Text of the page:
A first aid kit is a must in any home or car. Having the right equipment and supplies in a situation where you or your child might be injured can save you from infection or worsening of the injury itself. Whether the ailment is minor or more serious, knowing what to have and what to do can stop the situation from escalating.
First aid kits usually include supplies that can treat sprains, burns, cuts, scrapes, and other minor household injuries. You can buy a complete kit online, or buy the supplies individually and build your own if you prefer. However you decide to put your first aid kit together, you should keep it somewhere safe and out of reach of any young children. If you have older children who know how to use the items in the first aid kit, they should know where it’s stored in case it’s needed.
What to Include – the Basics
While you can customize your first aid kit to accommodate the specific needs and activities of your family, there are some basics that all kits should include:
- Elastic bandages
- Bandage strips in assorted sizes
- Adhesive tape
- Roller gauze
- Non-stick sterile bandages
- Rubber tourniquet
- Eye shields
- Sling or triangular bandage
- Cotton balls and swabs
- Finger Splint
- Medical ice packs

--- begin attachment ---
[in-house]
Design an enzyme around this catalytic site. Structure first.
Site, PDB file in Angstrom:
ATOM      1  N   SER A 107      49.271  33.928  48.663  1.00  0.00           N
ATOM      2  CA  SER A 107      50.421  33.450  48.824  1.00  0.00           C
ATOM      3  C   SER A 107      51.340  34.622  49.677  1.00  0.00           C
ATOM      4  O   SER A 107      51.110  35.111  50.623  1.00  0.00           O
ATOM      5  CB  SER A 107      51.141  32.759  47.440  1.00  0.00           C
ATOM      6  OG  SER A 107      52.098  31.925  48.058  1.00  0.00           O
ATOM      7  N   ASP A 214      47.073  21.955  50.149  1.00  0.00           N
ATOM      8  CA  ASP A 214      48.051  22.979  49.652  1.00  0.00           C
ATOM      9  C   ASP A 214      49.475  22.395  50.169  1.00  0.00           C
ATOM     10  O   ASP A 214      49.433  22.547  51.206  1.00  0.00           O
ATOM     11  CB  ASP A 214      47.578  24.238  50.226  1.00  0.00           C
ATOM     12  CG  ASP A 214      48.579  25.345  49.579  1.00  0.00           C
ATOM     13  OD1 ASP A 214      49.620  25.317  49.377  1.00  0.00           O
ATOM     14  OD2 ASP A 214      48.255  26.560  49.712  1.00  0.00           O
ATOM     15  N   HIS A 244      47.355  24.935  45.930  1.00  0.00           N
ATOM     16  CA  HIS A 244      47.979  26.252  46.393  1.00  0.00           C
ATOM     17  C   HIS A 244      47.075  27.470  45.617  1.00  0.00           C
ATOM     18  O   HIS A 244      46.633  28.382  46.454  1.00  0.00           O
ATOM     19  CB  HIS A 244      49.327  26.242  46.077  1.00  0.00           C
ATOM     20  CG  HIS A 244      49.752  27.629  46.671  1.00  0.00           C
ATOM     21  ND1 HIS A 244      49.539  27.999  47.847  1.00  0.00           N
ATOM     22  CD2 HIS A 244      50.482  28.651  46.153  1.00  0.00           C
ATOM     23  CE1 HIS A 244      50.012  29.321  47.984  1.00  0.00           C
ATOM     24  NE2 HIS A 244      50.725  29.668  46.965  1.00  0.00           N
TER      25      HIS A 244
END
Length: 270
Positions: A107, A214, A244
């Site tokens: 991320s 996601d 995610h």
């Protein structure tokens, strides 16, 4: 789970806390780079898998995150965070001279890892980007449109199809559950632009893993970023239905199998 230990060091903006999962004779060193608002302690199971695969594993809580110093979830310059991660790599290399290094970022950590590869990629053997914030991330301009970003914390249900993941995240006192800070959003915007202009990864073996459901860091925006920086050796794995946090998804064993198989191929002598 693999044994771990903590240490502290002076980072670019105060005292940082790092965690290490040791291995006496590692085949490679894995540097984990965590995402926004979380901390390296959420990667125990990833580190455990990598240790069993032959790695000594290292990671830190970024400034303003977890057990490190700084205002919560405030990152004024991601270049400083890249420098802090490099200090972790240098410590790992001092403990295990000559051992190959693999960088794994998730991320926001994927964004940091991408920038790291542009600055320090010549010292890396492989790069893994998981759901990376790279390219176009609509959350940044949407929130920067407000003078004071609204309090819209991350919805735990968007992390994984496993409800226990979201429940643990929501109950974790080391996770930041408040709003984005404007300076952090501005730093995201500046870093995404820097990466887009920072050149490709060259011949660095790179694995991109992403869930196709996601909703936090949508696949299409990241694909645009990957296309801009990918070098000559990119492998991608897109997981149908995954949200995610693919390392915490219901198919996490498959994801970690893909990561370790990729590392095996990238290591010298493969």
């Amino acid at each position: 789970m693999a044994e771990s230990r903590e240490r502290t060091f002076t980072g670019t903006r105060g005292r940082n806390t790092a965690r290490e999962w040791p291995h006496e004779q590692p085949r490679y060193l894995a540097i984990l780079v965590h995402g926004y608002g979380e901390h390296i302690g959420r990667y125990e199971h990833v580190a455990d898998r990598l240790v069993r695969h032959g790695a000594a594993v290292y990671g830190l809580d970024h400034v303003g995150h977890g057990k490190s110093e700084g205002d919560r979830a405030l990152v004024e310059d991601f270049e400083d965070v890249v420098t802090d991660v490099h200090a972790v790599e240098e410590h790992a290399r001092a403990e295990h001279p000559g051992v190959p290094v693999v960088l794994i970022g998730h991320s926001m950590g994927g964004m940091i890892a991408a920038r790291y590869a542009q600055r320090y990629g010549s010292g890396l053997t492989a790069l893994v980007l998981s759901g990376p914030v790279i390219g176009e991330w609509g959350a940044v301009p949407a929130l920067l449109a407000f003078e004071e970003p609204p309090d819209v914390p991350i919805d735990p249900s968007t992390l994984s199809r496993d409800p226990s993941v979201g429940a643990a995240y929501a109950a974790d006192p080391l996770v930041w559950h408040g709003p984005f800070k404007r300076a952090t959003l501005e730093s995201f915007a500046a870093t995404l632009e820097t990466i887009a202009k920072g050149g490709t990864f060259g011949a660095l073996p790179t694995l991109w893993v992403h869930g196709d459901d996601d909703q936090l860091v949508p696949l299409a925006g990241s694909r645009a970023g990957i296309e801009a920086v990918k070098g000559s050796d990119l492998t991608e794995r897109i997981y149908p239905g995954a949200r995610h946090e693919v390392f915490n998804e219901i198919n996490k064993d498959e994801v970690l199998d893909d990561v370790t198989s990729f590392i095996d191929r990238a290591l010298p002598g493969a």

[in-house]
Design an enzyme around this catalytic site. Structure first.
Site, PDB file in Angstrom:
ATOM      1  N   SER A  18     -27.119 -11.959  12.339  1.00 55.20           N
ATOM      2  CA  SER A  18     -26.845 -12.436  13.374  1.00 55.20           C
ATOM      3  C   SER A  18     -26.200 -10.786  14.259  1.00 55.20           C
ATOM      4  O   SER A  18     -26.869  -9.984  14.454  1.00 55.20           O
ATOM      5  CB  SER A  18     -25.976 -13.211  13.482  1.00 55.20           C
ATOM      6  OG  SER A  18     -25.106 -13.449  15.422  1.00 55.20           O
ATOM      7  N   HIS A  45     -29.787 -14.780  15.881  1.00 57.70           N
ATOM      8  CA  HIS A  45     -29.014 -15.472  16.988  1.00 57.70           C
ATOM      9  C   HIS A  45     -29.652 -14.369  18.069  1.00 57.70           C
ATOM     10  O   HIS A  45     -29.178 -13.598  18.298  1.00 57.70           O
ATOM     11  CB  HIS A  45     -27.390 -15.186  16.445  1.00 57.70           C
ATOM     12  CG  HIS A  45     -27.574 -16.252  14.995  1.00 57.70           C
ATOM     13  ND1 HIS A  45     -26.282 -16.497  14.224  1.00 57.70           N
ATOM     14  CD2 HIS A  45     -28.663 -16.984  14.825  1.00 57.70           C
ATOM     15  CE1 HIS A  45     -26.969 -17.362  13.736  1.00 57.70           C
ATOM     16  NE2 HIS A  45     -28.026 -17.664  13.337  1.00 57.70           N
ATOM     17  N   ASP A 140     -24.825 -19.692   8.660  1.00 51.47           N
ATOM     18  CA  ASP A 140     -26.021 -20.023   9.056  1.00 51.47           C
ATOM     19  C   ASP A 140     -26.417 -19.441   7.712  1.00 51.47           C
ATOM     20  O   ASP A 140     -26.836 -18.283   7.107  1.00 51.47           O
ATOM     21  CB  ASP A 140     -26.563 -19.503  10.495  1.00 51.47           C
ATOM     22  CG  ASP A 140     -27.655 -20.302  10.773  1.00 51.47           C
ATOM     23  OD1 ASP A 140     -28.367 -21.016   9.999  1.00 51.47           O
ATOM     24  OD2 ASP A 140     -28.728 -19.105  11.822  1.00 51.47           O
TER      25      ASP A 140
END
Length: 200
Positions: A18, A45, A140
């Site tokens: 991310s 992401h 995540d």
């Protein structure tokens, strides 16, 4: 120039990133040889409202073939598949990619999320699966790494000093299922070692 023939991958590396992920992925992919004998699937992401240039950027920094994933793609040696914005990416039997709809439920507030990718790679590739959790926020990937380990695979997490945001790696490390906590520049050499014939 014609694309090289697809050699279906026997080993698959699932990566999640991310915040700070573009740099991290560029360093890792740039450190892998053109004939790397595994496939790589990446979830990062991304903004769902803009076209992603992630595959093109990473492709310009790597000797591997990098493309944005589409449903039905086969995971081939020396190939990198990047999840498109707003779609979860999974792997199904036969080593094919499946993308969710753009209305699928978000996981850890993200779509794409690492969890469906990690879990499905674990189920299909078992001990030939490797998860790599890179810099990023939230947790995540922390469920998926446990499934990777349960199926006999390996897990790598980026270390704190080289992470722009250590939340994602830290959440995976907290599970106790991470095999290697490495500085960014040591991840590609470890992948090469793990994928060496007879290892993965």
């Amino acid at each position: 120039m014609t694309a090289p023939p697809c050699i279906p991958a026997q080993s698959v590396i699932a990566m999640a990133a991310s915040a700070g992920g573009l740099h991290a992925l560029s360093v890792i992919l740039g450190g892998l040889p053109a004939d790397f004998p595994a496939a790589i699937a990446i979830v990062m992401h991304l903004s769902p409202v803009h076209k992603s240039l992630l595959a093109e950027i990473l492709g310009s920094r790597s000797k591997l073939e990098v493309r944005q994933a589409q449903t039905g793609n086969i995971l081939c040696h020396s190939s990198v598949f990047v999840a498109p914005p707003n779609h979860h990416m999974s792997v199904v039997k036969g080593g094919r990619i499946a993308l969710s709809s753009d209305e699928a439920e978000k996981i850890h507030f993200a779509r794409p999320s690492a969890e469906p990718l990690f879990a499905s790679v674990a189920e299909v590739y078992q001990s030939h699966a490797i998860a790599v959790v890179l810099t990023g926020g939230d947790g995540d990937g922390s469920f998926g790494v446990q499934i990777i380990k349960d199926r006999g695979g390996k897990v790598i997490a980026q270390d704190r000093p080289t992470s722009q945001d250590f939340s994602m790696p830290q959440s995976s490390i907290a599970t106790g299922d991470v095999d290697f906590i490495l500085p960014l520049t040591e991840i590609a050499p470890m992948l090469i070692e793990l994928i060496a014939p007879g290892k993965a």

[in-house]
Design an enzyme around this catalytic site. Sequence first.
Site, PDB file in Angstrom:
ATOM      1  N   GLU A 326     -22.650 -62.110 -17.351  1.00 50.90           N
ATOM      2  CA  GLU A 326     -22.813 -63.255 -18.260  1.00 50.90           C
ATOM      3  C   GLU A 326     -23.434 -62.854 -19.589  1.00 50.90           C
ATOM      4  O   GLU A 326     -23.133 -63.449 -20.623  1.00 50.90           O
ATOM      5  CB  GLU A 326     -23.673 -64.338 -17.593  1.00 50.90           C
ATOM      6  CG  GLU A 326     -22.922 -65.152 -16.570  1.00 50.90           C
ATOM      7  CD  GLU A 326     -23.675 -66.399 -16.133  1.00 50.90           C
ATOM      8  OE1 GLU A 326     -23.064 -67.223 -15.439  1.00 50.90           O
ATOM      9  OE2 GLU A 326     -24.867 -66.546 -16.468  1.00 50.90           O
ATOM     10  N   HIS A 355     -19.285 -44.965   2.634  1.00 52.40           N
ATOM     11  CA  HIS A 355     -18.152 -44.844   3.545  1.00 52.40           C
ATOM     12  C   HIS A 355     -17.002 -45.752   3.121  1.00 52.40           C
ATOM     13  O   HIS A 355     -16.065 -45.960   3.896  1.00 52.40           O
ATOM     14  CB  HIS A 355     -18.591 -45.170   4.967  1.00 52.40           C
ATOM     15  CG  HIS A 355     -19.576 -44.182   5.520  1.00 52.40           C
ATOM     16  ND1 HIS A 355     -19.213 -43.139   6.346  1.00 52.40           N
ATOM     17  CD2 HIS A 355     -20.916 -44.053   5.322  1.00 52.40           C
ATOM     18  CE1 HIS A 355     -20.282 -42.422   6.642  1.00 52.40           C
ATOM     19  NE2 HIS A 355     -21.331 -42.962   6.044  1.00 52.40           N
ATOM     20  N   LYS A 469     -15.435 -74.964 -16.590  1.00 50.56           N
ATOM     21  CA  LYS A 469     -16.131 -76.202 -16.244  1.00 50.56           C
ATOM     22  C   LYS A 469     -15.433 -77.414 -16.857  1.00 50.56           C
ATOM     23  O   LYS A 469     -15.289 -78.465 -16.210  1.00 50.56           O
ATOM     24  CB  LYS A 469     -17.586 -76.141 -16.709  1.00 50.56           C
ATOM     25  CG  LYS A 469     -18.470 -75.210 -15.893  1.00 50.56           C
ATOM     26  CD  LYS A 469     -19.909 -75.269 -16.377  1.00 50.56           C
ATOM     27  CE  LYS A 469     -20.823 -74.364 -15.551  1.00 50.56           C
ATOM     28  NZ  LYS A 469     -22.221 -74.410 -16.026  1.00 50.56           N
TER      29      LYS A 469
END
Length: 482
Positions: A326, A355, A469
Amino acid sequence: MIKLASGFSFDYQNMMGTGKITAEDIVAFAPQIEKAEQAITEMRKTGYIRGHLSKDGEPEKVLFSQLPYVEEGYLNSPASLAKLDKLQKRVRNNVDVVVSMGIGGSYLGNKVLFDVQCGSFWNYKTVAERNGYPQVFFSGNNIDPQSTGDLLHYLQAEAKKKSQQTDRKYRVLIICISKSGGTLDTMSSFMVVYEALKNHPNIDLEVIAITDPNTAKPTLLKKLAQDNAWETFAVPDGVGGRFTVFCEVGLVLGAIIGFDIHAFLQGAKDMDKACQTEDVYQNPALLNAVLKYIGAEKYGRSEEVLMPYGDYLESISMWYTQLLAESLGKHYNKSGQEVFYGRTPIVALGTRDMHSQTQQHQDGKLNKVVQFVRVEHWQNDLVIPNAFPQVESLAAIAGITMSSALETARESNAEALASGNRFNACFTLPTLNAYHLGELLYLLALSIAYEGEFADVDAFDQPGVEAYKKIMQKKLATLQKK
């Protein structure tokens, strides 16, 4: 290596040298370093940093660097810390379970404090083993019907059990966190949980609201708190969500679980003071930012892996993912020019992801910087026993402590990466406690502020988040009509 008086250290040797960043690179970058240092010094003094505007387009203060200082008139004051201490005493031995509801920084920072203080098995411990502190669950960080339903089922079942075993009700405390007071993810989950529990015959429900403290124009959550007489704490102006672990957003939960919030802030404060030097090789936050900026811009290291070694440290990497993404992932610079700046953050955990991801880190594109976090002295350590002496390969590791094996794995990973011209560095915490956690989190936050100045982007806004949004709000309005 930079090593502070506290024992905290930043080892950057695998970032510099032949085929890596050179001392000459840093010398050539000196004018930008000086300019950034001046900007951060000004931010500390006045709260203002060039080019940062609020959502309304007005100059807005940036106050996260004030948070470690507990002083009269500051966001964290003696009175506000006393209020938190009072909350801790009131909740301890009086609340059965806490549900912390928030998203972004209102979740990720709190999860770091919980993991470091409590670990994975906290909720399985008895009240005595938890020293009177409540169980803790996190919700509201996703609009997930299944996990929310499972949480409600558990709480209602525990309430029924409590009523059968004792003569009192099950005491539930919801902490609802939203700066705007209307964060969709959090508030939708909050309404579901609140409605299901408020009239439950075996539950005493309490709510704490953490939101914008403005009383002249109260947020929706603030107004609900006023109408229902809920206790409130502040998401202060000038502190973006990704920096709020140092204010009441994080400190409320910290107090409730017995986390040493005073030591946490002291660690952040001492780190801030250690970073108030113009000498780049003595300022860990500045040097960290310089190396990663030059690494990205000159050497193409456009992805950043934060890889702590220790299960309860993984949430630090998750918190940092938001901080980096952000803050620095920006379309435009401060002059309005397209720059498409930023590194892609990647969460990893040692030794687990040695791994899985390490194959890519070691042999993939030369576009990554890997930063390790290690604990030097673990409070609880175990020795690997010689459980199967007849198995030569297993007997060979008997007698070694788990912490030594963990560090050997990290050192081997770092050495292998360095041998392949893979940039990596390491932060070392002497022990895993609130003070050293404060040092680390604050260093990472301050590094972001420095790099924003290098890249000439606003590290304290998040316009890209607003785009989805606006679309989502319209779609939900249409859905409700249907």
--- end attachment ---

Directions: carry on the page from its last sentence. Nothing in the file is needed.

- Non-latex disposable gloves
- Lubricants such as petroleum jelly
- Scissors, tweezers, safety pins
- Hand sanitizer
- Antiseptic ointment
- Sterile saline
- First aid manual
- Hydrogen peroxide
- Surgical mask
What to Include – Medication
Alongside dressings and bandages, you might also want to include medications in your first aid kit. Medications for common ailments are generally a good idea, such as aloe vera, calamine, laxative and anti-diarrhea medication, antacids, antihistamines, cough and cold remedies, and painkillers such as Ibuprofen, Tylenol, and Acetaminophen. You may also want to include aspirin as this can be a lifesaver for adults with chest pain or suspected heart attack.
Please note that if you suspect you or someone around you is having a heart attack or other coronary event, call for emergency medical assistance immediately. Once someone is on their way to you, chewing a regular strength aspirin can help keep blood from clotting. Don’t take aspirin if you’re allergic to it or have existing blood clotting issues. Aspirin should never be given to children.
What to Include – Other Information
Other essential things you might want to keep in your first aid kit include emergency phone numbers, contact information of your family doctor, emergency services information, medical consent forms for each member of the family, the poison helpline, the CDC, medical histories, a flashlight, space blanket, sunscreen, and insect repellent.
Staying Up to Date
Once you have everything in your kit, that’s not the end of it. You should keep an eye on it regularly to make sure nothing is empty or expired, and make sure the medical information and emergency numbers are up to date.